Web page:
Because there’s no real precedent in Taiwan for restoring a waterway encased in concrete, the various parties to the project referred to examples in Japan. Yet things didn’t always go as Chesson and Sheue had hoped.

The Australian was left speechless when he discovered that waste from the work site’s temporary flush toilets was being discharged untreated into the creek.

He expresses disappointment that when the wall (4m high and 40cm to 60cm thick) was removed, its foundation remained on the upstream half, apparently to stabilize the streambed. This impedes infiltration of flood waters and inhibits plant establishment.

Chesson nonetheless stresses that every party to the project has striven for high standards and worked in good faith.

“The construction company always listened to our concerns. We’re all learning, because there’s no prior experience of this kind of thing in Taiwan. There will always be compromises,” he says.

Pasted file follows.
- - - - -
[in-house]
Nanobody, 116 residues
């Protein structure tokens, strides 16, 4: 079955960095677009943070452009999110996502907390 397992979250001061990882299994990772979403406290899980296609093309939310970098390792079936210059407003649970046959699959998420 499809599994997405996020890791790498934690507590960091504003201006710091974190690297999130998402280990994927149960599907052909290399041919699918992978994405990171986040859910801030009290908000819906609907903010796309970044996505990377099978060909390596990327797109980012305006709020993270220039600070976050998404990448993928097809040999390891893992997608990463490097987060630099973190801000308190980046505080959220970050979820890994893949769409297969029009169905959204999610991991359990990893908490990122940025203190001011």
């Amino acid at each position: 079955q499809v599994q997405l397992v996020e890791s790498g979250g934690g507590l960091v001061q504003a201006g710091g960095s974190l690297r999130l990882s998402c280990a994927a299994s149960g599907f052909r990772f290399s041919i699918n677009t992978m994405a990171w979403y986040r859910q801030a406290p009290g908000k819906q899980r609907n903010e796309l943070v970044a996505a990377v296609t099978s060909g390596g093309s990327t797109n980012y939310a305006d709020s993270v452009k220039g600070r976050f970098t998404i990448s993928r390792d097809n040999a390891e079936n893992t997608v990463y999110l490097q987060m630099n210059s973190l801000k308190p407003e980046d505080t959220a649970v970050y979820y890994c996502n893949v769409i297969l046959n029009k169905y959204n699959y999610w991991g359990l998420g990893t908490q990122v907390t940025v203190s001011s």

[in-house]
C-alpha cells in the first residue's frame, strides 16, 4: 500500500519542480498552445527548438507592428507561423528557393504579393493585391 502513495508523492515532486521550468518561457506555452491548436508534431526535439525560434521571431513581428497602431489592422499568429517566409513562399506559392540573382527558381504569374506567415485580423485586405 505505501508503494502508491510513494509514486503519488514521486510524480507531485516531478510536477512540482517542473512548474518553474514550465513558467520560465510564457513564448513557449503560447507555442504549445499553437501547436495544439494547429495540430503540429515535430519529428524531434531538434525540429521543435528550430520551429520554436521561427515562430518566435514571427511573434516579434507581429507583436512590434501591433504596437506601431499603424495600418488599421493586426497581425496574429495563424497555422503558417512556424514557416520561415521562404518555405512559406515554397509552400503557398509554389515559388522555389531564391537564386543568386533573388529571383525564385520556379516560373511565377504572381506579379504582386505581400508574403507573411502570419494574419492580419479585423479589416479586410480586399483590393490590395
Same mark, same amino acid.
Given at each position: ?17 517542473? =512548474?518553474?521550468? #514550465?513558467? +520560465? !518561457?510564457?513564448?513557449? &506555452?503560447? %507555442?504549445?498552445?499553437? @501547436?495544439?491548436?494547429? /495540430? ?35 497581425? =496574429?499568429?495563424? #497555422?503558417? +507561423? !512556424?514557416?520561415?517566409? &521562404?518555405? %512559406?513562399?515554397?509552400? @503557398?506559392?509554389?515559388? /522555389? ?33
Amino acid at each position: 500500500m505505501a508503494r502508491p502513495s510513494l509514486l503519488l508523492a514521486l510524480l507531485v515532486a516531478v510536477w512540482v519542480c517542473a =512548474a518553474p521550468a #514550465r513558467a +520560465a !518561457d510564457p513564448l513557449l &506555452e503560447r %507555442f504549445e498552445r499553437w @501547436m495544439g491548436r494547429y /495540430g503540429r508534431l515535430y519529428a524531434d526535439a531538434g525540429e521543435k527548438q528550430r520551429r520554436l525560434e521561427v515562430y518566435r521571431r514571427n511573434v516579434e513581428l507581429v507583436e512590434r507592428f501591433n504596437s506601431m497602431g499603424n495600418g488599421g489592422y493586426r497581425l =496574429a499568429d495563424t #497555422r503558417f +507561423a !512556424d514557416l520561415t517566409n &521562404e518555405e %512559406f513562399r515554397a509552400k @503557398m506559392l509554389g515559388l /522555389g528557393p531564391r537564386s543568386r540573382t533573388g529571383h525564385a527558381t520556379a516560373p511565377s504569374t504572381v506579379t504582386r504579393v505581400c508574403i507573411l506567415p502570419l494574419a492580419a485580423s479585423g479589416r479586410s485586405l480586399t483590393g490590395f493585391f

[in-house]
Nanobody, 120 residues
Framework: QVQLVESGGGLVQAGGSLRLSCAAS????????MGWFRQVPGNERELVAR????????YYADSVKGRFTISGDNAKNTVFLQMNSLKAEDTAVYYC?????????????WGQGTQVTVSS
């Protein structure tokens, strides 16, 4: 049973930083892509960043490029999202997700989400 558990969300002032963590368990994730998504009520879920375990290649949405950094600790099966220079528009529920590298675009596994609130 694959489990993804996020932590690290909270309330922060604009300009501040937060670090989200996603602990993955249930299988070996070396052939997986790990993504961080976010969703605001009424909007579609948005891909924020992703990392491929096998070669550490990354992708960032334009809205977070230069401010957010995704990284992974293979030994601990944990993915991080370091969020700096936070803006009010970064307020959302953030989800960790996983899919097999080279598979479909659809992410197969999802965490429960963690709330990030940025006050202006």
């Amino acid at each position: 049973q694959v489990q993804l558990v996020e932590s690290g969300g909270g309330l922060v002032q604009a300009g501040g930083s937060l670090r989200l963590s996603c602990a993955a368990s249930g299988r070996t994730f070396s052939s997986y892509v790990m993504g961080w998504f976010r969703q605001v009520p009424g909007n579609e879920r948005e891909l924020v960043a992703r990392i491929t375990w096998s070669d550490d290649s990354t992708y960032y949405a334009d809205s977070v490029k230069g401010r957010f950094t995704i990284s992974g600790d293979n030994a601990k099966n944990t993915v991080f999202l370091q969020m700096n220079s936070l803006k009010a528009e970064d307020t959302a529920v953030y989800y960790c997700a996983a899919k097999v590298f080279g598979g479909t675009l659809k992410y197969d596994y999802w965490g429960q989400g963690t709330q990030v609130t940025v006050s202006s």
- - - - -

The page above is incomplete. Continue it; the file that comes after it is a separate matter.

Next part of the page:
Where the concrete embankment once stood, there’s now a gently sloping mix of boulders and soil. The rocks that were brought in are too big, however, and there are so many of them that Chesson feared turtles would get stuck between them.

Filling gaps with soil and clearing five “turtle highways” has made it easier for creatures to move between the water and dry land safely. But Chesson laments that “too much of it remains an obstacle course.”

Something had to be done about Jhonggua Creek’s multiple weirs, which hold back sediment, creating unnatural mudflats which fill up with invasive elephant grass.

Hacking a notch into the center of a weir increases the rate of flow, meaning less sediment is retained. However, one modification left a cascading series of “warm, low-flow pools that would’ve done local organisms no good at all. In fact, they’d have probably become mosquito breeding spots,” Chesson recalls.

A meeting was convened, at which everyone recognized that what had been done was a mistake. The cascade was taken down that afternoon. But when it was reconstructed to mimic natural rapids — the original intention — it turned out that too many rocks had been piled up, and they were trapping fish.